Radical Uncertainty, Dynamic Competition and a Model of the Business Cycle: The Implications of a Measure and an Explanation of What Is Supposed Non-Measurable and Non-Explainable

  •  Angelo Fusari    


The influence of radical uncertainty and expectations on economic behaviour is indisputable, whether on
entrepreneurship, innovation, investment, or the behaviour that contributes to the business cycle. It is rather
surprising, therefore, to see widespread ambiguities in accounts of this crucial aspect of business life and, indeed,
human existence. In particular, the frequent assumption ex hypothesis that radical uncertainty is non-measurable
and non-explainable constitutes a major misunderstanding that obstructs the analysis of economic growth and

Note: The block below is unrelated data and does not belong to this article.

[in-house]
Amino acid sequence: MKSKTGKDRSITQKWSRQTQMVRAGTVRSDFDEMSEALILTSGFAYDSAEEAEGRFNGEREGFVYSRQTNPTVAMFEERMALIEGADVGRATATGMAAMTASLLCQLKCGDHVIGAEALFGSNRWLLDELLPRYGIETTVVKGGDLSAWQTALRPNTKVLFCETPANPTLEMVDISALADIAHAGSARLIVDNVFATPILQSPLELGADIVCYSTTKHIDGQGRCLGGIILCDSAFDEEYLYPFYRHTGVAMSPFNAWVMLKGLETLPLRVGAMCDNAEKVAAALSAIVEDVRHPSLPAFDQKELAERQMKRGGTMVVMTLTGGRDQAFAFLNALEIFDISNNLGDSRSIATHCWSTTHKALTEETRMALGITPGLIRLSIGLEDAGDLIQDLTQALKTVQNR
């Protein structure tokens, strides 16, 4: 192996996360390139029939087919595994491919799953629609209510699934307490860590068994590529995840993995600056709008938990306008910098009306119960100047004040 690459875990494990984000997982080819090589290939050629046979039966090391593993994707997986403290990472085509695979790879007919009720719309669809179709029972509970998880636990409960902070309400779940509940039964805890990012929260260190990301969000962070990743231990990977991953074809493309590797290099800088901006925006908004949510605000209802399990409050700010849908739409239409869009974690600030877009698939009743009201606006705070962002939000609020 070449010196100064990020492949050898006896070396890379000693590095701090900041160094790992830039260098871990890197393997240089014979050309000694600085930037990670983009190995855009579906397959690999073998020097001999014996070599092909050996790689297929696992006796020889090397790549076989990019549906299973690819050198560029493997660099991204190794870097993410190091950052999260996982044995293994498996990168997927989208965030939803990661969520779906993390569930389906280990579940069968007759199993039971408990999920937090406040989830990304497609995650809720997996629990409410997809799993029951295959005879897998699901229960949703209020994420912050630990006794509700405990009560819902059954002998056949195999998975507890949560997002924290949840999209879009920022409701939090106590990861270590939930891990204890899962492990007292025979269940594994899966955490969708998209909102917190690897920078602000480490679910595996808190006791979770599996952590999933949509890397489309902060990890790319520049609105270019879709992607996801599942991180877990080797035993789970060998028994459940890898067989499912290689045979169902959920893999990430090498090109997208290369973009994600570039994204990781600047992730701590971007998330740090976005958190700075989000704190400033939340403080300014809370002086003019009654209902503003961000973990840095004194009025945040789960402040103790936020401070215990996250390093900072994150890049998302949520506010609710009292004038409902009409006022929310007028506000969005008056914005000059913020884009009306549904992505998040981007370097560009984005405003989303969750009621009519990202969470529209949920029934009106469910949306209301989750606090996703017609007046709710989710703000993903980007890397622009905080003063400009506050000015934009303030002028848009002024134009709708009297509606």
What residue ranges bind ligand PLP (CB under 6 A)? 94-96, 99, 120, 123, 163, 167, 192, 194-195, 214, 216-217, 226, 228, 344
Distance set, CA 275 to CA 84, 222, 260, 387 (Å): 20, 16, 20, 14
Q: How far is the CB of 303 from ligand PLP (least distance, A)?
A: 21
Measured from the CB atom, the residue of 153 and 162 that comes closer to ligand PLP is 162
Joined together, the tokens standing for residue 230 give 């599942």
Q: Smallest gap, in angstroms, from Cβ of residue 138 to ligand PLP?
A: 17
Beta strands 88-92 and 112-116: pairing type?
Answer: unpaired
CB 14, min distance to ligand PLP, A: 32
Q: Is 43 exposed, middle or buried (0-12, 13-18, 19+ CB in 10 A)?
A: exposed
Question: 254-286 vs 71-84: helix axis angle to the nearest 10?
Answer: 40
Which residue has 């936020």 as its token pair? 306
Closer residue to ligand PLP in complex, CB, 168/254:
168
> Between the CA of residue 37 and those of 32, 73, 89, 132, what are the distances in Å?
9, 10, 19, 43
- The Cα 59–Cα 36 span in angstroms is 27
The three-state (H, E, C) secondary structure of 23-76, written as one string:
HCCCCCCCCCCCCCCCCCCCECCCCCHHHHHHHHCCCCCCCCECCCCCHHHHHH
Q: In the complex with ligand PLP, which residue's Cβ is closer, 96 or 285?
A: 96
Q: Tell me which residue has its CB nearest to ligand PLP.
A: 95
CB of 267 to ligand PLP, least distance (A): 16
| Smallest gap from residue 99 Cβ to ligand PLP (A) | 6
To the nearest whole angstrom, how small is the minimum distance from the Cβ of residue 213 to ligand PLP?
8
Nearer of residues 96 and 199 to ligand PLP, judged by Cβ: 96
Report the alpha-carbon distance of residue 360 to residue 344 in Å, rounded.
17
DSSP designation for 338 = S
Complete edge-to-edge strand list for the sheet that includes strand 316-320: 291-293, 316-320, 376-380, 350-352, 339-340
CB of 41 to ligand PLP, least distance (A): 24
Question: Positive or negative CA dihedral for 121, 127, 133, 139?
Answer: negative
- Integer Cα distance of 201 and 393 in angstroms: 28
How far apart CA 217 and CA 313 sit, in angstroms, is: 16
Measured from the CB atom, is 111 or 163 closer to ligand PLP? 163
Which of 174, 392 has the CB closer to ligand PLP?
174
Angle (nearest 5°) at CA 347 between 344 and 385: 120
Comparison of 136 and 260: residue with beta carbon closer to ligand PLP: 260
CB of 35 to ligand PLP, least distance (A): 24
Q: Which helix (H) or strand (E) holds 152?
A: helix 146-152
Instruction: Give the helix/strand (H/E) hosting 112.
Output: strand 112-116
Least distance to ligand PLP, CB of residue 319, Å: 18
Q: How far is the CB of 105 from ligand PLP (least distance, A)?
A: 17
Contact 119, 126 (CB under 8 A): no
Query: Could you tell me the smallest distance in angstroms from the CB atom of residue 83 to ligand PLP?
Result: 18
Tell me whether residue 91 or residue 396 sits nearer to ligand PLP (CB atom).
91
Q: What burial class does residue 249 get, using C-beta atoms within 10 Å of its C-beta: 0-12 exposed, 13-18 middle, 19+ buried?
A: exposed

development and, more generally, the study of economic dynamics.
This essay first of all underlines the conceptual difference between uncertainty and expectations. It then
establishes the possibility and delineates a method of measuring true or radical uncertainty by means of the
monthly EU business tendency surveys. This method allows the derivation from these surveys of both more and
better information than they at present provide, and also some indicators that are relevant mainly in an
evolutionary perspective. In order to obtain a deeper understanding of such procedures, some applications have
been carried out. A model of dynamic competition and the business cycle centred on the relation between
innovation and uncertainty is then specified and tested using a FIML estimator.

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